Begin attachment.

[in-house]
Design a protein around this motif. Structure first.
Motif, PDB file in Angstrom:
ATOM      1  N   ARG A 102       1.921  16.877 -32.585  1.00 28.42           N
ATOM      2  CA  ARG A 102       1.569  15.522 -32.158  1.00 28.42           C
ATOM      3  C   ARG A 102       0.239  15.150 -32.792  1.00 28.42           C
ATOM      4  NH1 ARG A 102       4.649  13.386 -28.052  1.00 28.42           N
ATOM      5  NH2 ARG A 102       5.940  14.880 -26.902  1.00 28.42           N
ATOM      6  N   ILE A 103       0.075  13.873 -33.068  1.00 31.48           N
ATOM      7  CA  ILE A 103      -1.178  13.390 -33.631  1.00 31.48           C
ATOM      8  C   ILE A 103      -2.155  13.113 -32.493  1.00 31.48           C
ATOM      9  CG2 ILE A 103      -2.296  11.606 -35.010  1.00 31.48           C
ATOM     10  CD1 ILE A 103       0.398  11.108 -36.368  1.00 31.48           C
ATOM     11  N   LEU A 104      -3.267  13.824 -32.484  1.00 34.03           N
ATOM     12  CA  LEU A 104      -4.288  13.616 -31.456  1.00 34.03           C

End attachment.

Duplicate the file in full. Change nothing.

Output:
[in-house]
Design a protein around this motif. Structure first.
Motif, PDB file in Angstrom:
ATOM      1  N   ARG A 102       1.921  16.877 -32.585  1.00 28.42           N
ATOM      2  CA  ARG A 102       1.569  15.522 -32.158  1.00 28.42           C
ATOM      3  C   ARG A 102       0.239  15.150 -32.792  1.00 28.42           C
ATOM      4  NH1 ARG A 102       4.649  13.386 -28.052  1.00 28.42           N
ATOM      5  NH2 ARG A 102       5.940  14.880 -26.902  1.00 28.42           N
ATOM      6  N   ILE A 103       0.075  13.873 -33.068  1.00 31.48           N
ATOM      7  CA  ILE A 103      -1.178  13.390 -33.631  1.00 31.48           C
ATOM      8  C   ILE A 103      -2.155  13.113 -32.493  1.00 31.48           C
ATOM      9  CG2 ILE A 103      -2.296  11.606 -35.010  1.00 31.48           C
ATOM     10  CD1 ILE A 103       0.398  11.108 -36.368  1.00 31.48           C
ATOM     11  N   LEU A 104      -3.267  13.824 -32.484  1.00 34.03           N
ATOM     12  CA  LEU A 104      -4.288  13.616 -31.456  1.00 34.03           C